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Patrick Collins, Inc v. Does 1-2

UNITED STATES DISTRICT COURT Northern District of California

November 14, 2011


The opinion of the court was delivered by: Maria-Elena James Chief United States Magistrate Judge



Docket No. 20

Plaintiff's exclusive license, ("Real Female Orgasms 10"), using an internet peer-to-peer file sharing S 14 15 On June 7, 2011, Plaintiff Patrick Collins, Inc. filed this lawsuit against 2,590 Doe 16 Defendants, alleging that Defendants illegally reproduced and distributed a work subject to 18 network known as BitTorrent, thereby violating the Copyright Act, 17 U.S.C. § 101-1322. Compl. 19 ¶¶ 6-15, Dkt. No. 1. On September 22, 2011, the Court granted Plaintiff's Application for Leave to 20 Take Limited Expedited Discovery. Dkt. No. 12. The Court permitted Plaintiff to serve subpoenas 21 on Does 1-2,590's Internet Service Providers ("ISPs") by serving a Federal Rule of Civil Procedure 22 45 subpoena that seeks information sufficient to identify the Doe Defendants, including the name, 23 address, telephone number, and email address of Does 1-2,590. Id. at 11. Once the ISPs provided 24 Does 1-2,590 with a copy of the subpoena, the Court permitted Does 1-2,590 30 days from the date 25 of service to file any motions contesting the subpoena (including a motion to quash or modify the 26 subpoena). Id. 27 Now before the Court is a Motion to Dismiss, filed by Doe Defendant #654 (I.P. Address 28 Dkt. No. 20. In his motion, Doe requests that the subpoena be quashed as to him and the case against him dismissed because the Court lacks jurisdiction and venue is improper. 2 Pursuant to Rule 45(c)(3), if the subpoena would cause undue burden to Defendant, it must 3 be quashed. The subpoena, however, does not require any obligation from Defendant; rather, it was 4 directed at the putative defendants' ISPs. As such, there is no undue burden. 5 Further, any motion to dismiss based on jurisdictional grounds is premature. See, e.g., New 6 Sensations, Inc. v. Does 1-1,745, 2011 WL 2837610, at *1 (N.D. Cal. Jul. 18, 2011); Call of the 7 Wild Movie, LLC v. Smith, No. 10-0455, 2011 WL 1807416, at *9 (D.D.C. May 12, 2011); Voltage 8 Pictures, LLC v. Does 1--5,000, No. 10-0873, WL 1807438, at *8 (D.D.C. May 12, 2011). Rule 9 12(b)(2) permits defendants to move to dismiss for lack of personal jurisdiction. Although the Doe 10 Defendant moves the Court to dismiss the action against him for lack of personal jurisdiction, he is 11 not yet a defendant. If and when Plaintiff names him as a defendant, he will be able to raise this 12 defense. Once Plaintiff amasses enough evidence and names the Does, it will then have the burden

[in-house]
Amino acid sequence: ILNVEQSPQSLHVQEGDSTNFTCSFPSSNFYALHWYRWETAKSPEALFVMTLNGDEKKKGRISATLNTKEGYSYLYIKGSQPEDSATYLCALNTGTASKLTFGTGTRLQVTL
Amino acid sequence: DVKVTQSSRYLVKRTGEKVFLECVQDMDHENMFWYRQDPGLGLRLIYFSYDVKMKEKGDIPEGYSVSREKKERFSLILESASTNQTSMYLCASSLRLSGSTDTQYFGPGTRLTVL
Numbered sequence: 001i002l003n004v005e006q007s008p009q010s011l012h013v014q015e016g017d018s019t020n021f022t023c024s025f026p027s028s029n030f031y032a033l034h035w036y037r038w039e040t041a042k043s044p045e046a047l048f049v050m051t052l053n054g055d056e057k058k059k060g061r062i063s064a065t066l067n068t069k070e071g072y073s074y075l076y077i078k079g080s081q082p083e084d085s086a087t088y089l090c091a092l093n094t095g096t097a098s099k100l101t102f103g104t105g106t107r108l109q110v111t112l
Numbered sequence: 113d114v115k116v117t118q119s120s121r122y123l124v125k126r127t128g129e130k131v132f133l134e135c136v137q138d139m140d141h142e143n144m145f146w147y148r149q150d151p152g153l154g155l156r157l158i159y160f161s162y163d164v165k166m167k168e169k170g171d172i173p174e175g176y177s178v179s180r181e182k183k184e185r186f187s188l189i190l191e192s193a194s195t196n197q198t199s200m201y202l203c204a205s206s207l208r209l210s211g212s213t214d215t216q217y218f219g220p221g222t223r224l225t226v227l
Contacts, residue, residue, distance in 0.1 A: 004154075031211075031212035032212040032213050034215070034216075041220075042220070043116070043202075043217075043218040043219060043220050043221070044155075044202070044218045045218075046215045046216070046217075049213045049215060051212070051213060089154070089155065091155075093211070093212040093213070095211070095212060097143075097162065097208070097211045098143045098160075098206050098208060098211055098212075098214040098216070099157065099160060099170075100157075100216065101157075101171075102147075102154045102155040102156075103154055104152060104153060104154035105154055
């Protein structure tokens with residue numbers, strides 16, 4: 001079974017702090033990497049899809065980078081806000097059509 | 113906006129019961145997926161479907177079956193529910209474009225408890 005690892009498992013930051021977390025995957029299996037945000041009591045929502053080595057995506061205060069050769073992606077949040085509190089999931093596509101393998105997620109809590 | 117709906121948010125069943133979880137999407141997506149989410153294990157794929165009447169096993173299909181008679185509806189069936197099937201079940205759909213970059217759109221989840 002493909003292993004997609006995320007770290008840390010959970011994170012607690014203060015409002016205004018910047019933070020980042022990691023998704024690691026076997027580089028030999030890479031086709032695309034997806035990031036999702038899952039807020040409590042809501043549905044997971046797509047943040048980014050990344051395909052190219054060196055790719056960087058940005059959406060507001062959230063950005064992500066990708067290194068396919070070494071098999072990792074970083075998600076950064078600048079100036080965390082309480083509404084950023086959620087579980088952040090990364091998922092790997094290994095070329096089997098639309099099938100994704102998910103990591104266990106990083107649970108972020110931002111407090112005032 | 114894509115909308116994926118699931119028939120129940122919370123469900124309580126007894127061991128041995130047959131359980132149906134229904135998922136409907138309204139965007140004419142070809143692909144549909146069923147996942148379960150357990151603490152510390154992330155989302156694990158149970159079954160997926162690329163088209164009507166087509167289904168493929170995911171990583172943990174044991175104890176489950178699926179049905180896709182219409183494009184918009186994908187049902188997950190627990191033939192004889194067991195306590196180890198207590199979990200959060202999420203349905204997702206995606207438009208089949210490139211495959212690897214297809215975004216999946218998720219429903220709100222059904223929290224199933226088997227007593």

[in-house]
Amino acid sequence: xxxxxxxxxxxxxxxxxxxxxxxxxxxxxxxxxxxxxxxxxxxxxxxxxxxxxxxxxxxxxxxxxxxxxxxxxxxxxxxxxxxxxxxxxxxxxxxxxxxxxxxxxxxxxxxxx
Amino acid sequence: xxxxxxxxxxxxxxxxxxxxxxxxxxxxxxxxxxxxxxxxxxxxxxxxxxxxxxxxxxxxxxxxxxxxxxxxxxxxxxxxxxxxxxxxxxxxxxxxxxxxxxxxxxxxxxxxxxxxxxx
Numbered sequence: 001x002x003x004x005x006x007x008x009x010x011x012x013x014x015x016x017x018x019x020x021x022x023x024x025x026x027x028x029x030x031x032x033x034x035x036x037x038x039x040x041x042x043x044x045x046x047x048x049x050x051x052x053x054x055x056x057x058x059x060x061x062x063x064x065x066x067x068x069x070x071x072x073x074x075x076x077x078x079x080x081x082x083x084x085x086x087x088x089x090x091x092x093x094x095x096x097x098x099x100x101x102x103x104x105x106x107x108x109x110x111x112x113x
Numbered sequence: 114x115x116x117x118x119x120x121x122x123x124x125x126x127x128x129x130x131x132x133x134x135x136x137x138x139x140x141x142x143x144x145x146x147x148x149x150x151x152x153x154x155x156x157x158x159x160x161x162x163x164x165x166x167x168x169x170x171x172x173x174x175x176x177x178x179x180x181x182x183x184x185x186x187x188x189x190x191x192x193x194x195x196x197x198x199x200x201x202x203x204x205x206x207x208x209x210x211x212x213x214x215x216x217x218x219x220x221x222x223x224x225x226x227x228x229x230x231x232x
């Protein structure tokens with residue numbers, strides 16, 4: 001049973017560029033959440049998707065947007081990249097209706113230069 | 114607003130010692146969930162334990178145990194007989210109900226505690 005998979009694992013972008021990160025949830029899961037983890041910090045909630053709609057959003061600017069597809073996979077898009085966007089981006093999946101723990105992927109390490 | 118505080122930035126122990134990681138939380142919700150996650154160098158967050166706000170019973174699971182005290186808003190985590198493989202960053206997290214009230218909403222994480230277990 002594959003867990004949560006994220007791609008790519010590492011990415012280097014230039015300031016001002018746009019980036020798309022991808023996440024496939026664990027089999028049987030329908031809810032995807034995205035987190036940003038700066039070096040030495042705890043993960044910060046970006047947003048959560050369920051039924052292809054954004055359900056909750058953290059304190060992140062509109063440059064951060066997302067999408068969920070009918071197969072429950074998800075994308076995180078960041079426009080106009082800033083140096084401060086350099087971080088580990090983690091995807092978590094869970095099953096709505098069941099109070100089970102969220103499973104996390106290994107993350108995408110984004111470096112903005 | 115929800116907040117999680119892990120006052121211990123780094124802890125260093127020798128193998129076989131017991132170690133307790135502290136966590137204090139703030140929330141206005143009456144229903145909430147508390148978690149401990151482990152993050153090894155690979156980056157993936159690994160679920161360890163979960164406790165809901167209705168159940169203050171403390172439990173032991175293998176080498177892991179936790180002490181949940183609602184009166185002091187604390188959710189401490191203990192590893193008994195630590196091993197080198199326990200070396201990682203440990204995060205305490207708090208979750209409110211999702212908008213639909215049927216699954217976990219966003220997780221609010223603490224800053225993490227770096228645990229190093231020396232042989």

COURT 13 to present a prima facie case supporting personal jurisdiction over defendants. See Harris Rutsky & C

14 Co. Ins. Servs., Inc. v. Bell & Clements Ltd., 328 F.3d 1122, 1129 (9th Cir. 2003). At that time, the 15 Doe Defendant may present his affidavit asserting that he has never engaged in business with

Plaintiff and that his activities with the forum state do not meet the requisite minimum contacts to establish personal jurisdiction. With evidence from both sides, jurisdiction will be decided on a full

18 record. At this time, however, without any named defendants, the motion is not yet ripe. The 19 motion is DENIED WITHOUT PREJUDICE and may be brought again once Plaintiff names the

20 Doe Defendant as a defendant or when the Doe Defendant has identified himself.



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